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Thai Shrimp Exporters Expect a Good Year

THAILAND - Despite the global economic crisis, Thai shrimp exports are expected to grow in both volume and value this year.

Thailand's shrimp industry remains in good shape despite the global downturn, with exports expected to grow both in volume and value this year, according to Bangkok Post.

Local shrimp production is projected to increase by five per cent this year to 520,000 tonnes, with exports also up five per cent to between 380,000 and 390,000 tonnes, said Somsak Paneetatyasai, president of the Thai Shrimp Association.

"Thailand's shrimp industry has been left unscathed by the global economic crisis, even though about 90 per cent of production relies on exports," said Mr Somsak.

"Earlier in the year, we planned to cut local production by 20 per cent to only 396,000 tonnes to cope with expected shrinking demand due to the world crisis, but until now the world's shrimp consumption has remained strong."

Shrimp exports are expected to earn Thailand about 89.25 billion baht (THB) this year, up five per cent from THB 85 billion last year, said Mr Somsak. The United States is expected to remain the largest export market, accounting for about 50 to 55 per cent of exports followed by Japan and Europe, which would each claim about 10 to 15 per cent.

Strong shrimp exports are attributed mainly to the efficiency and quality of Thailand's shrimp production. Shrimp is the only agricultural product to record export growth in the first eight months of this year, with frozen and processed shipments up 6.5 per cent to $1.53 billion.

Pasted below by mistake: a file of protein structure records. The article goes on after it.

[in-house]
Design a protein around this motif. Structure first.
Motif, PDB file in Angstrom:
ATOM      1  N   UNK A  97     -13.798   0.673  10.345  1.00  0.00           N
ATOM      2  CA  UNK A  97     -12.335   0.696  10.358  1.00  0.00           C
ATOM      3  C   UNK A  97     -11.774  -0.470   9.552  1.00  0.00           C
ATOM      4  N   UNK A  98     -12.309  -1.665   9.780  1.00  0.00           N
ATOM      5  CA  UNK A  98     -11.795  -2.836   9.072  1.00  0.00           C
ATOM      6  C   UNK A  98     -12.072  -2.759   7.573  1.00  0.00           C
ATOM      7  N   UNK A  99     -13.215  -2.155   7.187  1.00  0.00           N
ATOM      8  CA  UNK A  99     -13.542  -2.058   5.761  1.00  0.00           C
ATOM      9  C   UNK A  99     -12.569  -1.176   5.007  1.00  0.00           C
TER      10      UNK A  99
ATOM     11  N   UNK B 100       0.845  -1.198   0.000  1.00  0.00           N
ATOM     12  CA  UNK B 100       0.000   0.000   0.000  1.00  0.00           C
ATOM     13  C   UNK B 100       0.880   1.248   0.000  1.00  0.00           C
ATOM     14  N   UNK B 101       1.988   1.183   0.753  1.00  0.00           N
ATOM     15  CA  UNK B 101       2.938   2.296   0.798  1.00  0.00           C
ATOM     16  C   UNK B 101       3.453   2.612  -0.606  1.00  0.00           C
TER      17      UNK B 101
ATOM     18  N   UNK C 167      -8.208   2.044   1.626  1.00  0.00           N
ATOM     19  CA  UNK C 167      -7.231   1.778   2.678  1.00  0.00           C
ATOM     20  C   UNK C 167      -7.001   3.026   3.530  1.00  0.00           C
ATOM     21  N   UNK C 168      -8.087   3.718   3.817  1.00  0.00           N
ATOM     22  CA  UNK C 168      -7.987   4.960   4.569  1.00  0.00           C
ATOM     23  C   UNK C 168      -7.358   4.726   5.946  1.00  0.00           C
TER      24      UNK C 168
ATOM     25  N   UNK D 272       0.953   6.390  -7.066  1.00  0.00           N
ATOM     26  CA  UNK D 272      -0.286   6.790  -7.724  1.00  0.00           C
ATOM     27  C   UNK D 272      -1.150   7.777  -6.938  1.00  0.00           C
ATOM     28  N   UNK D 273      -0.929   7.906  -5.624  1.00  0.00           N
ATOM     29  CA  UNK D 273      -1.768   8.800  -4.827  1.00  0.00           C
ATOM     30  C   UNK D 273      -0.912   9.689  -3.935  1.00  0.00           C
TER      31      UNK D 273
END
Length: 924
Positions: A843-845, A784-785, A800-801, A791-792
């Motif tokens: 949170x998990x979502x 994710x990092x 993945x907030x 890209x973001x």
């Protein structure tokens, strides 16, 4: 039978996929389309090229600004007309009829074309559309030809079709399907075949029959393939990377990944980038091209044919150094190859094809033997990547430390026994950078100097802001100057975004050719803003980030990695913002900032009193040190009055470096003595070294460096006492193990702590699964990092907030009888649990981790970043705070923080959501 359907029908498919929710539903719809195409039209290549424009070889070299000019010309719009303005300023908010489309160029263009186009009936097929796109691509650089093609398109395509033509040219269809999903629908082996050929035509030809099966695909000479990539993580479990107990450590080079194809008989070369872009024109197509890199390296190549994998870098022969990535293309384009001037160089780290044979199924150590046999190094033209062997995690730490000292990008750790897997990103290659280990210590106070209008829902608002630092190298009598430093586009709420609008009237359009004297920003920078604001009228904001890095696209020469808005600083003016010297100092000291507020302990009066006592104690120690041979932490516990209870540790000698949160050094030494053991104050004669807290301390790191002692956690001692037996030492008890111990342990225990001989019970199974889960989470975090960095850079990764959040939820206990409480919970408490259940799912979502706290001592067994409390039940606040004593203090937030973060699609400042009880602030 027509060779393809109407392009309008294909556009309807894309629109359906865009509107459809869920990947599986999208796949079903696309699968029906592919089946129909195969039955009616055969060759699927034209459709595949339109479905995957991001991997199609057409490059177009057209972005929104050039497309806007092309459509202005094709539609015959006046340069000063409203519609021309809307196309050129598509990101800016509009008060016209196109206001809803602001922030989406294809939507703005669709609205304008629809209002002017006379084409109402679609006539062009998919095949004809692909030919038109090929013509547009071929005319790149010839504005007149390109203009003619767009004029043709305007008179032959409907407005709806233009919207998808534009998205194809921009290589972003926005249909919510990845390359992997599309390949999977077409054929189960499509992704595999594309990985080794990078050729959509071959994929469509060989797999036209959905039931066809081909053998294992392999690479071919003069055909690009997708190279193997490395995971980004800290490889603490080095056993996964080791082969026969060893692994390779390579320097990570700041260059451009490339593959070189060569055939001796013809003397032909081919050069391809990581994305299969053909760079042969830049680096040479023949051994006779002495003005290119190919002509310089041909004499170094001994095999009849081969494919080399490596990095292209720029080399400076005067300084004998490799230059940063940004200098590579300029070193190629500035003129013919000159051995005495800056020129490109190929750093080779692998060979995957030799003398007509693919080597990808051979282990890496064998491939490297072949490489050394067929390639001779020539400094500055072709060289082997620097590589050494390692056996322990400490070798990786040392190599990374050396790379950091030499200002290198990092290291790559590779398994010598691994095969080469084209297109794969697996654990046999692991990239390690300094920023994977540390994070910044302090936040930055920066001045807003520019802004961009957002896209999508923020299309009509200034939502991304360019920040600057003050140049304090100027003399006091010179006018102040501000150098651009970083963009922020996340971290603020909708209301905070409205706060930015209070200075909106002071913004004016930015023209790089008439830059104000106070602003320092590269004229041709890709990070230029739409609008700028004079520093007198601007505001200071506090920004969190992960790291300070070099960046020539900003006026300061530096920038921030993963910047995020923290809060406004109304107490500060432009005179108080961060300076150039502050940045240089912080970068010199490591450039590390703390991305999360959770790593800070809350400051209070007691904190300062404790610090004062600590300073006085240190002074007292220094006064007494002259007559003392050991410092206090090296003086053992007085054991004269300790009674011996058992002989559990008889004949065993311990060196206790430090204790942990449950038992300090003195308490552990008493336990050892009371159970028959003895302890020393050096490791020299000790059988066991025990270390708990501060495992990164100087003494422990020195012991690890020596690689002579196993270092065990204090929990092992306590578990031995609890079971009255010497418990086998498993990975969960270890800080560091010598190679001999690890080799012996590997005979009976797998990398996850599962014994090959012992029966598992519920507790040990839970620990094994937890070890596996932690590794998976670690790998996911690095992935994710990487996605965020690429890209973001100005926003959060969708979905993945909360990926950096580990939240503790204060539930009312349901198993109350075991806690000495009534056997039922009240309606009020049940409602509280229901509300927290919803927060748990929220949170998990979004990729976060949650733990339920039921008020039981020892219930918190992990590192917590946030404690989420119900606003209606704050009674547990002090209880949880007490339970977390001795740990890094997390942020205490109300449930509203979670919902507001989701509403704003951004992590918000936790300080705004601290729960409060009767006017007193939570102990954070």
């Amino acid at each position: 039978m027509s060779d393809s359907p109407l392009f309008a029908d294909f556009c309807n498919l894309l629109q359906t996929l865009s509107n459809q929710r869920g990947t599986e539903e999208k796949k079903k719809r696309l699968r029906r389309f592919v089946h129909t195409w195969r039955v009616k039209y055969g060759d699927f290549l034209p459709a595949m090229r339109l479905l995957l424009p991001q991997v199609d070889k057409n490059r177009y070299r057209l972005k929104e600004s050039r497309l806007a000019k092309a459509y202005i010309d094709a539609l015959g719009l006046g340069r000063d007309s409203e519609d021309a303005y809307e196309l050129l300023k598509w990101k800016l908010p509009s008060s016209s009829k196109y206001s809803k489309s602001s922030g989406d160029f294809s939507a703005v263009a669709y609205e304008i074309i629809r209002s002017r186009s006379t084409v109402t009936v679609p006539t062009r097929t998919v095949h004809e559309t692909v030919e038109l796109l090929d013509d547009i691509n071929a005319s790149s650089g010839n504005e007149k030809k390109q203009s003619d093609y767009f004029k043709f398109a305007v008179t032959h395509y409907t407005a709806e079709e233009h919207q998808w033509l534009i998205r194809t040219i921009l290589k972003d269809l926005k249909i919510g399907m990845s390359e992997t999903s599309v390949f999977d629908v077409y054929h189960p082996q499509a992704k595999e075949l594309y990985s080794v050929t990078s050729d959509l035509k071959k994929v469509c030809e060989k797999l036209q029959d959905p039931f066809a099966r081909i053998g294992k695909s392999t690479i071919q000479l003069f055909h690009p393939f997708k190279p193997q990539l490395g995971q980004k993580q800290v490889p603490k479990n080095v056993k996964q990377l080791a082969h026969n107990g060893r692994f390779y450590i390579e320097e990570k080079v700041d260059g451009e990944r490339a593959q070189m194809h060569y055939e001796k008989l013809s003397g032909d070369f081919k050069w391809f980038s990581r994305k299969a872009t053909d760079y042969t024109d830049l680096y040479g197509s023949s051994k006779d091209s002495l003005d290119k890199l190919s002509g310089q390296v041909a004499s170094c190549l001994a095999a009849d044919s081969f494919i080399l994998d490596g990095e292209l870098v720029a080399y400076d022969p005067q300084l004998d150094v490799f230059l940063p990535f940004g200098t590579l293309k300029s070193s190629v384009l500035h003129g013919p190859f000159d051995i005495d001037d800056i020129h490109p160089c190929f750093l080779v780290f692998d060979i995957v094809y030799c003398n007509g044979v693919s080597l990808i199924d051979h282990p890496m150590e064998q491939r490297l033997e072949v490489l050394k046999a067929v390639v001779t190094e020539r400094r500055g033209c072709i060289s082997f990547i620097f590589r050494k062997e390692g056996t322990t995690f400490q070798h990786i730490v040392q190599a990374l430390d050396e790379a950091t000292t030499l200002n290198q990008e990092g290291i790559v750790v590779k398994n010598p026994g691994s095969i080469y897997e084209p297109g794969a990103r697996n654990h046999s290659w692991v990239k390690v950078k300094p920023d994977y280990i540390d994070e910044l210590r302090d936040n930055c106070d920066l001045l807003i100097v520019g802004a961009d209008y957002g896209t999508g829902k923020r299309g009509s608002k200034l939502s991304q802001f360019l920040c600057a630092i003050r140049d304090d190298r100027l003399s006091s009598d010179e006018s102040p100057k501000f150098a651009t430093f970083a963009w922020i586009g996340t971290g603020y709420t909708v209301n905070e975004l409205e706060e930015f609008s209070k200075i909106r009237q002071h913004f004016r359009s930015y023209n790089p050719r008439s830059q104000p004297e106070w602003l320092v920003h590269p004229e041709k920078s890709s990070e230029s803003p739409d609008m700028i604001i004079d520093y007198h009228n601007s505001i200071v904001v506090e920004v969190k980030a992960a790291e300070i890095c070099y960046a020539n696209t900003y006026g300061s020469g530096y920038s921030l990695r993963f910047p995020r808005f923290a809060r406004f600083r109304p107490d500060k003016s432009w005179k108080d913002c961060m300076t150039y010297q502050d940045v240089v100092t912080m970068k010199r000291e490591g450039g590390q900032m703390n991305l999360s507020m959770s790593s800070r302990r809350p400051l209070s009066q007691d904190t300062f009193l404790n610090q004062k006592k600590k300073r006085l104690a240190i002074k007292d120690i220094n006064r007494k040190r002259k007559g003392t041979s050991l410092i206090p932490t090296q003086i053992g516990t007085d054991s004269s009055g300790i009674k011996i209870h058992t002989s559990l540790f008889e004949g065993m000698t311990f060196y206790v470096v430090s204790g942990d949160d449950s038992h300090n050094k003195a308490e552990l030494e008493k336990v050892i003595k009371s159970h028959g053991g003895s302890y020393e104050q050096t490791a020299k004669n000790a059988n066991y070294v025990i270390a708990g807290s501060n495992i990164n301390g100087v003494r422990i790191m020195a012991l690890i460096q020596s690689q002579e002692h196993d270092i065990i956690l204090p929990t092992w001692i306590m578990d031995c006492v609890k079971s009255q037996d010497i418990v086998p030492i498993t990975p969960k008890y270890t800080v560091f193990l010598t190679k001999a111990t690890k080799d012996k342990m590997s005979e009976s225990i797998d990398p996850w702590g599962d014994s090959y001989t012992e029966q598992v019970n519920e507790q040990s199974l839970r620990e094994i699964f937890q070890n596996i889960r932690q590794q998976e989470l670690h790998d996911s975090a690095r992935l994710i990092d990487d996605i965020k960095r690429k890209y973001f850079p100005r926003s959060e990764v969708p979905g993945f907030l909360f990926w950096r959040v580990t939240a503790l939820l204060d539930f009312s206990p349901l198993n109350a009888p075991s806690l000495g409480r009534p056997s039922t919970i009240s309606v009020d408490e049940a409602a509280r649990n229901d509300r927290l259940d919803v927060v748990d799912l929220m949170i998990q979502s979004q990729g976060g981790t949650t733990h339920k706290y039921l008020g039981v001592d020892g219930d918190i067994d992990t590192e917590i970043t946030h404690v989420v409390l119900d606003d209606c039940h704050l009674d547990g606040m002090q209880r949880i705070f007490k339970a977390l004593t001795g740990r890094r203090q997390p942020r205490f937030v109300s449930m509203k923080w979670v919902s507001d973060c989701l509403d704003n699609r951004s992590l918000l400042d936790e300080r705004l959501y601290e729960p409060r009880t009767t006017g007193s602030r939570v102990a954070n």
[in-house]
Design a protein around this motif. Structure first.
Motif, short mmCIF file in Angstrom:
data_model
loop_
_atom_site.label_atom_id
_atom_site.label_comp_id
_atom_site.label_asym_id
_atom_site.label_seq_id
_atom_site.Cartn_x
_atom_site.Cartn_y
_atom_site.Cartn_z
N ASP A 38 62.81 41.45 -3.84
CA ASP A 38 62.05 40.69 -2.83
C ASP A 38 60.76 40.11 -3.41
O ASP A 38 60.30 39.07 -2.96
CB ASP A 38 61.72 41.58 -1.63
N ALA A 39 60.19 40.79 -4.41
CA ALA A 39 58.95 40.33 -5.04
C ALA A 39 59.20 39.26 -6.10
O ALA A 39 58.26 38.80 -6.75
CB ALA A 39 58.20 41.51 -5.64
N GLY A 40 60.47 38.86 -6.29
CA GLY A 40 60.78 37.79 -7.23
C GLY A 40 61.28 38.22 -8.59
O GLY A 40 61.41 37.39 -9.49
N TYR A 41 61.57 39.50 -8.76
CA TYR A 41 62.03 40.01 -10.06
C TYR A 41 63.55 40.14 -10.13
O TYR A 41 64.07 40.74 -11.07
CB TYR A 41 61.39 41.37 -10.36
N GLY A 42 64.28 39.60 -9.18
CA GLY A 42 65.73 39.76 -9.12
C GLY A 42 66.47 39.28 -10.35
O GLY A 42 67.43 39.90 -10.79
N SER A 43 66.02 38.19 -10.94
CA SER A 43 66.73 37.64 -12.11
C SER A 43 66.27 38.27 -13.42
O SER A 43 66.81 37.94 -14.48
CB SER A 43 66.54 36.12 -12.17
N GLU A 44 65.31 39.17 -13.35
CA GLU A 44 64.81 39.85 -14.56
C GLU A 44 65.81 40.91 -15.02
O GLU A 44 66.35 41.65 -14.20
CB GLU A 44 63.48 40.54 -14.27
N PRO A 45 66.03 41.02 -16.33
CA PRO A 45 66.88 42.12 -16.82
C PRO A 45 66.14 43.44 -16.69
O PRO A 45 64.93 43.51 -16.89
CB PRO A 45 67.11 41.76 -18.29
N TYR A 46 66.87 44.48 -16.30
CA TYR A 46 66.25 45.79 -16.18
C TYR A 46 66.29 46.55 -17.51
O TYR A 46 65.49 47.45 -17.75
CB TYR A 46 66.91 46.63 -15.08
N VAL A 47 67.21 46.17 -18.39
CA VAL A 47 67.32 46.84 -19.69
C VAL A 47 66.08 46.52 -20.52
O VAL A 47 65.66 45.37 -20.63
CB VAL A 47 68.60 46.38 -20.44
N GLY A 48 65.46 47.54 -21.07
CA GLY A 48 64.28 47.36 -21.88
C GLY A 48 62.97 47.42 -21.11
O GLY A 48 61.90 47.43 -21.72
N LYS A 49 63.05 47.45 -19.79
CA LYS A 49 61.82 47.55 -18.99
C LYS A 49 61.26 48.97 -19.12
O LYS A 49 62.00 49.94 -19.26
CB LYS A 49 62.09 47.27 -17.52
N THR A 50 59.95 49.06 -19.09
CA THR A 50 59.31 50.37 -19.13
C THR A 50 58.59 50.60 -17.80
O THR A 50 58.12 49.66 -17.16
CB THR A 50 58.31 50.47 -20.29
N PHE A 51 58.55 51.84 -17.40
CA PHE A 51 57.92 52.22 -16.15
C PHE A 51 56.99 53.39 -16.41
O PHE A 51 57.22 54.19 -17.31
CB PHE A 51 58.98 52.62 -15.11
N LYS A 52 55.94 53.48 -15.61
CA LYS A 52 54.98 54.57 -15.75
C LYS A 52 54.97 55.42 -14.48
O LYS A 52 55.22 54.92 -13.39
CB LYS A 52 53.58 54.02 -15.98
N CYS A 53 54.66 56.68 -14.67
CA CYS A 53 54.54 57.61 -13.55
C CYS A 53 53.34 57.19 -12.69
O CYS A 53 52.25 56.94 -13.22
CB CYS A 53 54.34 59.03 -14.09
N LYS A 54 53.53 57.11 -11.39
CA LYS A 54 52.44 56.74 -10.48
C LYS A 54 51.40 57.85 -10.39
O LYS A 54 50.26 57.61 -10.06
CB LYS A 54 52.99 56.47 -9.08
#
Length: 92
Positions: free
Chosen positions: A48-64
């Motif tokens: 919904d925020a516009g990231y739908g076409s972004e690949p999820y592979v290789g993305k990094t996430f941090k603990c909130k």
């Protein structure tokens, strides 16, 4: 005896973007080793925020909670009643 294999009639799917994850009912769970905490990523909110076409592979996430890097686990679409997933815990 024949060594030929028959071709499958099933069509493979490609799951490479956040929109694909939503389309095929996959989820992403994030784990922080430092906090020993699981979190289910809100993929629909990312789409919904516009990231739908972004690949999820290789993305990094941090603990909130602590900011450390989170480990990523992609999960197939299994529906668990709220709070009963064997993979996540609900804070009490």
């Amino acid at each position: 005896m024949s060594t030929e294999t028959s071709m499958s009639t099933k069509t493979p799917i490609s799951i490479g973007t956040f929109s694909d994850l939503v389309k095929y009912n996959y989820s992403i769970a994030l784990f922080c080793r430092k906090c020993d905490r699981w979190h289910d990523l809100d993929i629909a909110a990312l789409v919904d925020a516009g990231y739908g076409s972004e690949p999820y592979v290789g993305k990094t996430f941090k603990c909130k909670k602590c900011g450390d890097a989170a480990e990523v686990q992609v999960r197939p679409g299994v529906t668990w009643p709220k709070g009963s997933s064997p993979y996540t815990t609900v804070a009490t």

To ensure sustainable export growth, the government is being urged to help address the industry's challenges, particularly trade barriers such as current anti-dumping measures by the US government targeting Thai shrimp and allegations by the US about child labour, Mr Somsak told Bangkok Post.

"The government should continue negotiating with US counterparts to remove Thai shrimp from anti-dumping, while it's imperative for authorities to accelerate clearing the US accusations over the child-labour issues, as this may affect the sentiment of US consumers," he said.

The government is also being asked to manage baht exchange rate to improve exports, and to open new markets for shrimp exports to diversify risk.

Pinyo Kiatpinyo, president of the Federation of Shrimp Farmers Co-operatives of Thailand, also urged the government to ensure fair competition between small-scale and larger farmers and to develop a shrimp fund to improve access to finance by small and medium-scale farmers.

Currently, Thailand has about 22,000 shrimpers with 110,000 shrimp ponds covering 76,800 hectares. Production last year was 495,000 tonnes of shrimp.

the Fish Site Editor

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